This blog is written by Celia Deane-Drummond, who is a member of the CAFOD Theological Reference Group, and Professor of Theology at the University of Notre Dame. She has been writing and publishing on eco-theology for the last twenty years.
“Our home looks like an immense pile of filth”
Laudato Si’ is not for the faint hearted. Pope Francis, like Liberation Theologians, is prepared to go into the mud, as it were, of our own making and dwell there for a while.
The encyclical reads like a Psalmist cry of lament peppered with examples of our own degraded earth; “Each year hundreds of millions of tons of waste are generated, much of it non-biodegradable, highly toxic and radioactive, from homes and businesses, from construction and demolition sites, from clinical, electronic and industrial sources. The earth, our home, is beginning to look more like an immense pile of filth” #21. This implies that creatures once capable of offering a cry of praise are now silenced.
That this degradation is of our own doing is there for all to see, but for Francis it reflects a wider cultural carelessness and indifference about building relationships with each other and with the earth; a neglect of the most vulnerable in society. He points to the violence meted out on the earth and each other in the name of false ideals of progress, understood in terms of relentless growth and consumer capitalism.
Climate change impacts vulnerable communities
And for those who wondered how far Pope Francis would take on board the climate debate, it is clear that, chemist by training, he would have no ambiguity in his mind about the validity of human sources of climate change. He is suitably nuanced in his claim, so “a number of scientific studies indicate that most global warming in recent decades is due to the great concentration of greenhouse gases…released mainly as a result of human activity” #23.
A model of development based on the use of fossil fuels simply will not work, and he is adamant that use of coal needs to stop. He recognises, too, that the brunt of climate change impacts are felt by those who are most vulnerable in society, leading to forced migrations and loss of livelihood.
But Pope Francis goes further than many encyclicals in his evaluation that the environmental crisis is not just a problem for a few, but at the heart of a degradation of democracy. He argues, “our lack of response to these tragedies involving our brothers and sisters points to a loss of that sense of responsibility for our fellow men and women upon which all civil society is founded” #25.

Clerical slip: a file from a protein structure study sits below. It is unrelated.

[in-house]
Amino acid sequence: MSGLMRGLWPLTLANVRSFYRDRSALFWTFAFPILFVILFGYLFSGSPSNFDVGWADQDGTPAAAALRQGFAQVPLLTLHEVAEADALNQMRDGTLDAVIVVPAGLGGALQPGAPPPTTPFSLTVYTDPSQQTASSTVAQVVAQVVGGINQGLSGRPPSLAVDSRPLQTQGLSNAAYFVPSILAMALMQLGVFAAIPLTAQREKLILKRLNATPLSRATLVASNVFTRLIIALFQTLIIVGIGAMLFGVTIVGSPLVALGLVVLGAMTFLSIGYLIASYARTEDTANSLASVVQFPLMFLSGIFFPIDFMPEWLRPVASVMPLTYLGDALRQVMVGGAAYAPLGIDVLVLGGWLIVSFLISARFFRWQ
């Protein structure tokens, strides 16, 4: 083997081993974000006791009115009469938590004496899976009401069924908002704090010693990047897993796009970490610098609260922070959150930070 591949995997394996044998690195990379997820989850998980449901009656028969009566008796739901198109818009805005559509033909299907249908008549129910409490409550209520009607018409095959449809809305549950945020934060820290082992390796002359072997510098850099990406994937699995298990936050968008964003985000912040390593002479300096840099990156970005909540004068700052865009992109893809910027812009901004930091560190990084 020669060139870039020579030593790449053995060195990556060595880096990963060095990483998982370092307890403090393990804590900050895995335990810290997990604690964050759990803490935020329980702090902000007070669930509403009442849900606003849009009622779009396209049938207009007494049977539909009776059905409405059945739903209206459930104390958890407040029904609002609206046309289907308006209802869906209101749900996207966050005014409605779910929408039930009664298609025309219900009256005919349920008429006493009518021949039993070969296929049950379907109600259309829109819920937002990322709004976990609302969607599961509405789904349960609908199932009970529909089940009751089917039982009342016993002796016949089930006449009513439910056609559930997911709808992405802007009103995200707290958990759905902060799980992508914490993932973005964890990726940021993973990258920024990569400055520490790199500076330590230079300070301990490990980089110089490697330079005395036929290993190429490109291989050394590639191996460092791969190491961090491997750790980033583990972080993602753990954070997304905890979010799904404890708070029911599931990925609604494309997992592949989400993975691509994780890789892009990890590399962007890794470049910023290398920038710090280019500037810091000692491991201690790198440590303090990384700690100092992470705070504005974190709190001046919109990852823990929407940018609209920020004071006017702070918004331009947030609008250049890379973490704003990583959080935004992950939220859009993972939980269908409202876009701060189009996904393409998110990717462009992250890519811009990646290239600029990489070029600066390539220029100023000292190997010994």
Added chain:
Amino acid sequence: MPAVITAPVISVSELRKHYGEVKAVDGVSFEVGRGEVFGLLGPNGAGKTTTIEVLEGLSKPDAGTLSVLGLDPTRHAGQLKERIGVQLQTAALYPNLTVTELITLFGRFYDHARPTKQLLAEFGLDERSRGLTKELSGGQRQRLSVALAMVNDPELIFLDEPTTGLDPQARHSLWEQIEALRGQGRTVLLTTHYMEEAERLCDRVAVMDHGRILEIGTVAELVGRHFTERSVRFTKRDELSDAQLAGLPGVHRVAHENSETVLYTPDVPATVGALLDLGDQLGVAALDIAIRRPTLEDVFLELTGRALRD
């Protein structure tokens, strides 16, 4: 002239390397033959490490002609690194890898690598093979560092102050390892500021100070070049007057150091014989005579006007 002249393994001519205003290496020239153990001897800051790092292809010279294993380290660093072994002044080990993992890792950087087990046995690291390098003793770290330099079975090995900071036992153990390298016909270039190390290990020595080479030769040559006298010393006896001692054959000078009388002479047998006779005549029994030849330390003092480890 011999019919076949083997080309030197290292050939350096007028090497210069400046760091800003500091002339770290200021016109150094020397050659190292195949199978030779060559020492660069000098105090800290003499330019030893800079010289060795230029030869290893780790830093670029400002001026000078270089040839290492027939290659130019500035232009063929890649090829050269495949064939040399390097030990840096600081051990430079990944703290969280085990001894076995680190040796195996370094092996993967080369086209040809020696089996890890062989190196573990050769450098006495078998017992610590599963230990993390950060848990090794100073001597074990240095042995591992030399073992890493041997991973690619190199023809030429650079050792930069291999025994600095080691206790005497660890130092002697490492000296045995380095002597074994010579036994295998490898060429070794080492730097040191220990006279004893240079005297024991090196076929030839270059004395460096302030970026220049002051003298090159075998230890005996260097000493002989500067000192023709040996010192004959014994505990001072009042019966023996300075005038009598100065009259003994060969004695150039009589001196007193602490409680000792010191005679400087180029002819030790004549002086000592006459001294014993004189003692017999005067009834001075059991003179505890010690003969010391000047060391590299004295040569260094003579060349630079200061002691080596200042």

The call for a new earth
Alongside this larger evaluation he offers some concrete, practical examples of alternative ways of living. He presses for alternative uses of energy, pointing also to the particular problems associated with the lack of clean water available to those who are living in poverty. That access to water is a basic human right.
Woven in between his discussion of material poverty, we find a sensitive treatment of ecology and conservation, pointing to the intrinsic value for all creatures in our common home, an ecological spirituality. And so he calls for more effort to be put into ecological research.
It is not surprising, then, that an integral ecology flows from this narrative, one that includes ecology as such, human ecology that stresses our interconnectedness and a new kind of ecological economics. Inequity prevails, but Pope Francis does not just leave us there: he calls for a new earth founded on deep theological principles.
And it is these theological elements that are the most likely to be missed off in the popular discussion, captivated by his strident remarks against the status quo.
But Francis is not just a prophet, he is also a priest, so he seeks to build the kind of spiritual well-being that will enable people to make the choices that need to be made, but we feel powerless to enact.
Love, faith and hope
We find deep love of God for creation; faith that God is still Lord of the earth; and hope that another world is possible.
Here, we find reference to love as that which makes us most fully human, grounded in deep love of God for creation; faith as that which believes that in spite of structural and individual sin, God is still Lord of the earth; and hope that another world is possible.
Social science, and indeed scientific studies of climate change can give insights about what is happening in the world. But Francis goes further and insists on the importance of the transcendent. He does that by building on prior Catholic social thought, including ideas like ecological conversion that tops and tails this encyclical.
By the end this conversion becomes more explicitly Christological. And such a move is also characteristic of his namesake, Francis of Assisi. His ministry combined radical care for those in poverty, all creatures expressed in simplicity of lifestyle, rooted in Christ at the heart of faith. And such a cosmic Christology does not miss out the traditional model of Mary either, who is not just mother of us all, but mother of the earth.